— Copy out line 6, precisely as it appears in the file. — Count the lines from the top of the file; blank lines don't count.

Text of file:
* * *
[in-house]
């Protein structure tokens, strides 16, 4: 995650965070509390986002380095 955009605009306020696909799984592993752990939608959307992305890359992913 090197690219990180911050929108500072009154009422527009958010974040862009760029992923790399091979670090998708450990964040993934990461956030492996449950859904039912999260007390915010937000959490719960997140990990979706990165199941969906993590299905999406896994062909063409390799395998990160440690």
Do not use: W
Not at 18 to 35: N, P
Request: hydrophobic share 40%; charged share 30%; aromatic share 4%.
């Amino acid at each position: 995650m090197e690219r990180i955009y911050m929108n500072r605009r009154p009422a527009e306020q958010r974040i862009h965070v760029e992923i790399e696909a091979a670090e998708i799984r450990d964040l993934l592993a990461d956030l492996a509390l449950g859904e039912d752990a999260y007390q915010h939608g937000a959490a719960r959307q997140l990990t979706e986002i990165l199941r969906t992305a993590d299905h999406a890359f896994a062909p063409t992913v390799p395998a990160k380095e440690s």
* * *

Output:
């Amino acid at each position: 995650m090197e690219r990180i955009y911050m929108n500072r605009r009154p009422a527009e306020q958010r974040i862009h965070v760029e992923i790399e696909a091979a670090e998708i799984r450990d964040l993934l592993a990461d956030l492996a509390l449950g859904e039912d752990a999260y007390q915010h939608g937000a959490a719960r959307q997140l990990t979706e986002i990165l199941r969906t992305a993590d299905h999406a890359f896994a062909p063409t992913v390799p395998a990160k380095e440690s």